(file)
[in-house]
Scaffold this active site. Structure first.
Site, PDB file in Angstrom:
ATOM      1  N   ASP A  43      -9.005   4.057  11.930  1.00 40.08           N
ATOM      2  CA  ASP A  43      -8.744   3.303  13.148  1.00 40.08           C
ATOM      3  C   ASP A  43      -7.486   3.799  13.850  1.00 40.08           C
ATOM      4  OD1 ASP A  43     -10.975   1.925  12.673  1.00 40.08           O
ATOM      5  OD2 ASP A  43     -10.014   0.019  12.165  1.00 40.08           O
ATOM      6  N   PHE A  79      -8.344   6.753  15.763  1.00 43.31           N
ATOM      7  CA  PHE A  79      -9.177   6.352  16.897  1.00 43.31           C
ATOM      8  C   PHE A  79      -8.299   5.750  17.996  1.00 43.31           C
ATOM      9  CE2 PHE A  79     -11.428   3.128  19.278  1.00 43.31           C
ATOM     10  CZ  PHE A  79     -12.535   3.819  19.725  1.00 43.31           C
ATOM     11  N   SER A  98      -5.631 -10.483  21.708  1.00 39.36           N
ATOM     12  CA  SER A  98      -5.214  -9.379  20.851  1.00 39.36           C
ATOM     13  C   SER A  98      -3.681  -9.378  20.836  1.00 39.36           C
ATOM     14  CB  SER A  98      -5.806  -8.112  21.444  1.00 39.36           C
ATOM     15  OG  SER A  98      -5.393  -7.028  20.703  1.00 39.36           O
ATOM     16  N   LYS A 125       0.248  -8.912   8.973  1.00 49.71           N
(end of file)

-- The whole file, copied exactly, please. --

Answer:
[in-house]
Scaffold this active site. Structure first.
Site, PDB file in Angstrom:
ATOM      1  N   ASP A  43      -9.005   4.057  11.930  1.00 40.08           N
ATOM      2  CA  ASP A  43      -8.744   3.303  13.148  1.00 40.08           C
ATOM      3  C   ASP A  43      -7.486   3.799  13.850  1.00 40.08           C
ATOM      4  OD1 ASP A  43     -10.975   1.925  12.673  1.00 40.08           O
ATOM      5  OD2 ASP A  43     -10.014   0.019  12.165  1.00 40.08           O
ATOM      6  N   PHE A  79      -8.344   6.753  15.763  1.00 43.31           N
ATOM      7  CA  PHE A  79      -9.177   6.352  16.897  1.00 43.31           C
ATOM      8  C   PHE A  79      -8.299   5.750  17.996  1.00 43.31           C
ATOM      9  CE2 PHE A  79     -11.428   3.128  19.278  1.00 43.31           C
ATOM     10  CZ  PHE A  79     -12.535   3.819  19.725  1.00 43.31           C
ATOM     11  N   SER A  98      -5.631 -10.483  21.708  1.00 39.36           N
ATOM     12  CA  SER A  98      -5.214  -9.379  20.851  1.00 39.36           C
ATOM     13  C   SER A  98      -3.681  -9.378  20.836  1.00 39.36           C
ATOM     14  CB  SER A  98      -5.806  -8.112  21.444  1.00 39.36           C
ATOM     15  OG  SER A  98      -5.393  -7.028  20.703  1.00 39.36           O
ATOM     16  N   LYS A 125       0.248  -8.912   8.973  1.00 49.71           N